A Lidl bit closer to a genuine Living Wage

How can premium chains continue to argue that a living wage isn’t possible when the discount chains clearly think it is?


In the five-minute walk from the station to my office in City Hall, I pass at least ten shops selling coffee. Not one is paying the living wage, all but one of them are part of major chains.

The point at which one of them pays the living wage (which may not be so far off) will be the point at which there is real consumer choice to opt in to a truly ‘decent’ cup of coffee that might allow the person serving us and their families and children to have a high enough income to do more than scrape by.

Today’s announcement that Lidl is the first of the UK’s supermarket chains to pay above the Living Wage, including the higher London Living Wage in London, takes us a step closer to having this genuine consumer choice.

How can the premium chains – and supermarkets that trade on being ‘ethical’ –  continue to argue it isn’t possible when the discount chains clearly think it is? The Co-operative, for example, has a long track record in promoting ‘fair trade’ but their shops are still not paying the living wage to their staff.

It feels like we are reaching a tipping point.

The Living Wage Foundation has done well to highlight the problem and in trying to persuade businesses of the benefits, but as activists and consumers we need to use our buying power to support their work, and the campaigns of trade unions, where we can.

The government’s cynical acquisition of the language of the living wage at the point at which they slashed tax credits suggests that they recognise that people think wages should be high enough to live on.

Many of us campaigning for higher pay for the lowest paid workers had understandable concerns that they had seriously undermined the whole concept. Announcements by companies like Costa that they would increase prices to pay the new higher rate for the statutory living wage have been unhelpful and reinforced this fear.

Some supermarkets have argued that the overall package for workers (in terms of discounts) makes up for not paying the living wage. If other supermarkets follow Lidl’s lead, as they surely must now do, we should be mindful that, while the bottom line remains that a pay packet should be enough to live on, some retailers may try to claw back higher wages through cutting back on other benefits.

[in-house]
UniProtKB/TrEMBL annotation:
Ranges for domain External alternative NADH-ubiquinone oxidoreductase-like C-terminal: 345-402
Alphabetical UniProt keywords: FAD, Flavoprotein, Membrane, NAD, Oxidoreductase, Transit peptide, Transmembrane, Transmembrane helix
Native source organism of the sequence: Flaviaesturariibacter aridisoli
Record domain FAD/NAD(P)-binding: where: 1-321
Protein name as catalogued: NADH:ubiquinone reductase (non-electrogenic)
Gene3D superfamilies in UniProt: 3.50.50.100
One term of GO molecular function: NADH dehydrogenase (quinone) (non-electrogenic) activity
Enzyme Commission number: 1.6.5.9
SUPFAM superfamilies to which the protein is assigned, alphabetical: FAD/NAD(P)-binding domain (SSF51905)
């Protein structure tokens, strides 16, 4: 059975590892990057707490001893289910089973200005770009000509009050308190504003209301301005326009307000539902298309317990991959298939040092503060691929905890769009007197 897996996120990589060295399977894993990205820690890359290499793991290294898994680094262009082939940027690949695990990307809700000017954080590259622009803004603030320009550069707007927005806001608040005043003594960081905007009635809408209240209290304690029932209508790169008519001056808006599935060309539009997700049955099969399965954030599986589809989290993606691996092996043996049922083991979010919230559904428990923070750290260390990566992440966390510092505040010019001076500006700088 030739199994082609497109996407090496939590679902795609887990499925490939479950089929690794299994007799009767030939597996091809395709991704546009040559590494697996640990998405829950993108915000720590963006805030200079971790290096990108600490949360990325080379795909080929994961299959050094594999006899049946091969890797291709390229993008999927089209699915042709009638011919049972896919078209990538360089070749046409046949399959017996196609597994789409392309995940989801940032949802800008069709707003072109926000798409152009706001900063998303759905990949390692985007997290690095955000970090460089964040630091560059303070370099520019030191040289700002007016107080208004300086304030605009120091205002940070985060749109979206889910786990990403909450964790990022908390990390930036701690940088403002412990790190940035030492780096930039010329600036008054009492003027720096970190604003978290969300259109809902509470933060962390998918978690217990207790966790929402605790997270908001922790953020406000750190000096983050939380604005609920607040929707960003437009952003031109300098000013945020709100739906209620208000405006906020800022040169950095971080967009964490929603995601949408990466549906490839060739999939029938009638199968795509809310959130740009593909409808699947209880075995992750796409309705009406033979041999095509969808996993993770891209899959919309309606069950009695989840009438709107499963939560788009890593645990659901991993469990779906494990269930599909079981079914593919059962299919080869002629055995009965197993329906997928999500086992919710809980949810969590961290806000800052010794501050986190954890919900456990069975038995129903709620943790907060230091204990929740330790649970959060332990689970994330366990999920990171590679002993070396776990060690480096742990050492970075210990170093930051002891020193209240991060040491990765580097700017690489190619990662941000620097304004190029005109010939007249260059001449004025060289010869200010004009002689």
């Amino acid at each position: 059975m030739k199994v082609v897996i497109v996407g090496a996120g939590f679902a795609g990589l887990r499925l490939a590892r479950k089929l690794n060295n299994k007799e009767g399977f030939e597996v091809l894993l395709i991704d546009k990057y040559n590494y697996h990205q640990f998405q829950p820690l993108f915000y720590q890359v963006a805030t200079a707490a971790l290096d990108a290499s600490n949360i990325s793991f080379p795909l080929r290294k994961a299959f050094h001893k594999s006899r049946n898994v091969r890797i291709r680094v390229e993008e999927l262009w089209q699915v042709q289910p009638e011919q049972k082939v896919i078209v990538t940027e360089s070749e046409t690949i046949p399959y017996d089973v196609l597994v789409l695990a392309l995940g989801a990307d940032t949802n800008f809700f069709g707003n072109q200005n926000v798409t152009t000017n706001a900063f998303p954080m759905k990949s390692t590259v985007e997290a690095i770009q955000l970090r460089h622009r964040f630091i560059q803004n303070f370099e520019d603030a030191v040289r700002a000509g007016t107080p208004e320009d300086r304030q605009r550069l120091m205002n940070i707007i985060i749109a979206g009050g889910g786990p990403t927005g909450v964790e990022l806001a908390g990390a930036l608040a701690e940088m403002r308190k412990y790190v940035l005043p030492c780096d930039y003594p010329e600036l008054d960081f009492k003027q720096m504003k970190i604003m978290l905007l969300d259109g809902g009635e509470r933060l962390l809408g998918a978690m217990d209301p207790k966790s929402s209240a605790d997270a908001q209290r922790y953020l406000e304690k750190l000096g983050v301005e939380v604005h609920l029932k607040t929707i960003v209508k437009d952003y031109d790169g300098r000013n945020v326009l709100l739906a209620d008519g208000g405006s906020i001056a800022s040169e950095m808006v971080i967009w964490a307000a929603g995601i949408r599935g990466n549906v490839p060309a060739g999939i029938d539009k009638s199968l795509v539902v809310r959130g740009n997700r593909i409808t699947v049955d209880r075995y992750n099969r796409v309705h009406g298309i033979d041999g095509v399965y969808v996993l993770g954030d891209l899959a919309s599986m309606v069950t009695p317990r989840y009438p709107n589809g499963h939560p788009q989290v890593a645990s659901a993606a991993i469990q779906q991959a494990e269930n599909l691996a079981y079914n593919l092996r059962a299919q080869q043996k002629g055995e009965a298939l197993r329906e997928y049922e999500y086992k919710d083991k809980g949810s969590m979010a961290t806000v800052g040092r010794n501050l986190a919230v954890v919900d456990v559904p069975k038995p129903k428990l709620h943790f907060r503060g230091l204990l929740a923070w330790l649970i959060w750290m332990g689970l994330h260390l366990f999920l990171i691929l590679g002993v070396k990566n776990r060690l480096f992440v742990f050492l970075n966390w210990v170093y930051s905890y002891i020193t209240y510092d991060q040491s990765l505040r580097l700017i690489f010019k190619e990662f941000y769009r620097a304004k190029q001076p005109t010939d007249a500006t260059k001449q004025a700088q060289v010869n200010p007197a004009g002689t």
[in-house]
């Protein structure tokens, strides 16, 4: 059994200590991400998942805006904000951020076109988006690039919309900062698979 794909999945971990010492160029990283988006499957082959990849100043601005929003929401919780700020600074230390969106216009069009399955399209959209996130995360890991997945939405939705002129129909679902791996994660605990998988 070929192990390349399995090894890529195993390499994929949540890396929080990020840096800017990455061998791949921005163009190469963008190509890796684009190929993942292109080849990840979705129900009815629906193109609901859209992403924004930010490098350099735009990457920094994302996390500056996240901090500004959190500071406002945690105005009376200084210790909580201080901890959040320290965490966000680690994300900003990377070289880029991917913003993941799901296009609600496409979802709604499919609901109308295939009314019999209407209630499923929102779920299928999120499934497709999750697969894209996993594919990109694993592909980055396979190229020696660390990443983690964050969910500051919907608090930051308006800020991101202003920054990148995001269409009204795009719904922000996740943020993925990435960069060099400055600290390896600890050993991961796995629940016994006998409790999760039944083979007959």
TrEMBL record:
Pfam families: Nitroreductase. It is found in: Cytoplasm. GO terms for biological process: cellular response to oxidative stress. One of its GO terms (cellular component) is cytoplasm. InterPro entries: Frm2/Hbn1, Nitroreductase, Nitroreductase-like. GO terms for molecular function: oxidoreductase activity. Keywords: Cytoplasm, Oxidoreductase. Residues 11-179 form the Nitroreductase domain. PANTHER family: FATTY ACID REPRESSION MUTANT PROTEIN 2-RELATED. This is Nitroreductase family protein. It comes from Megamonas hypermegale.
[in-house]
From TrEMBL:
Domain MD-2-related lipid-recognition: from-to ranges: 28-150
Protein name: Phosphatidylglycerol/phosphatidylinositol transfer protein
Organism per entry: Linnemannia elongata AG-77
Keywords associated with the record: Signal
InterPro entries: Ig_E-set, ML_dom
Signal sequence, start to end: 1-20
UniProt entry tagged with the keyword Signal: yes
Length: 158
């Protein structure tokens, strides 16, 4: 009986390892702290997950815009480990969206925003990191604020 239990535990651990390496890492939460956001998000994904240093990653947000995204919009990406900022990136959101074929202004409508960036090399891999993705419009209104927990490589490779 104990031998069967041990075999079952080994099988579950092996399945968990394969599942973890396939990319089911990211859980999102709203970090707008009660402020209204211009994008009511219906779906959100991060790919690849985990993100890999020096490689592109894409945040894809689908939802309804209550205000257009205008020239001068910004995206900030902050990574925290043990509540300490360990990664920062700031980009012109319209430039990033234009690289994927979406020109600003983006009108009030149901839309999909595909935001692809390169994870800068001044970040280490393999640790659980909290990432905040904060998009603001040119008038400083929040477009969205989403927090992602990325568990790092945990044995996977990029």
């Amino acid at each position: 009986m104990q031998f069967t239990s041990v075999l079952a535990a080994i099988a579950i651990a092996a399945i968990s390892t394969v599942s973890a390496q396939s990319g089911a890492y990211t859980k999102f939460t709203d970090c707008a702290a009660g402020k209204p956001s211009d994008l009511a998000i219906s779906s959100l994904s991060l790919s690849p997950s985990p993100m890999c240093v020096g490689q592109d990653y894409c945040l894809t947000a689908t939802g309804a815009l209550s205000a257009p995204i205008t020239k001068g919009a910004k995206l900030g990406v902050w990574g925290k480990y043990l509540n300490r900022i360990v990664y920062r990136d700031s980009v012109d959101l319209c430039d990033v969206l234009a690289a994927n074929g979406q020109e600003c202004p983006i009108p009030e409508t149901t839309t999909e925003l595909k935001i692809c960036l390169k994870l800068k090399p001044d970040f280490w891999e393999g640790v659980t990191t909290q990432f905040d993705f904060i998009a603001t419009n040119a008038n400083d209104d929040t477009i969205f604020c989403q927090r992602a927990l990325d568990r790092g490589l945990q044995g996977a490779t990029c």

The Conservatives will use any voluntary progress – on top of their own higher rate of the minimum wage – as a reason not to introduce a statutory, genuinely, living wage. However, with the loss of tax credits about to hit millions of families, a living wage has never been more necessary.

In London, for example, once the tax credits are removed the mayor’s economics team estimate that the current London Living Wage would need to be raised to £11.65 in order to make up the difference.

The Tories will try to portray our new shadow chancellor’s announcement confirming Labour policy as being committed to a £10 rate as financially irresponsible. However, the more voluntary progress we make in the four and a half years before the next General Election, the less of a leap it is towards a genuine living wage rate to replace the National Minimum Wage.

We can do more in power than in opposition and some of our Labour councils are showing the way through how they award contracts in social care and delivery of school meals, for example, and Brent council has introduced incentives to local businesses.

A Labour mayor in London would make a massive difference. Sadiq Khan has already previously announced that he would raise the London Living Wage rate to £10 when he hopefully regains City Hall for Labour next May.

The current mayor has done well in portraying himself as a living wage champion but has in practice done little to make a difference to low paid workers. There are more people paid below the living wage in London – both in numbers and as a proportion – than when Boris Johnson took office.

We all now have the opportunity to be genuine living wage champions. Most of us shop in our nearest supermarket. Those of us who can should vote with our feet and start using our local Lidl, if we don’t already, and email our local supermarket to say why we are no longer going there. Those of us who can’t should still take two minutes to email our local supermarkets to suggest they follow the lead taken by Lidl.

It should not be viewed as revolutionary to suggest that people should be paid enough to get by. However, we do need a kind of revolution to make it happen. Winning in elections next year can help make this happen but on the high street, Lidl’s adoption of rates of pay above the living wage recommended by the Living Wage Foundation can help us make this happen.

If we all push together – as activists and as consumers – we will be that little bit closer to achieving a living wage.

Fiona Twycross AM is Labour’s London Assembly Economy Spokesperson. Follow her on Twitter

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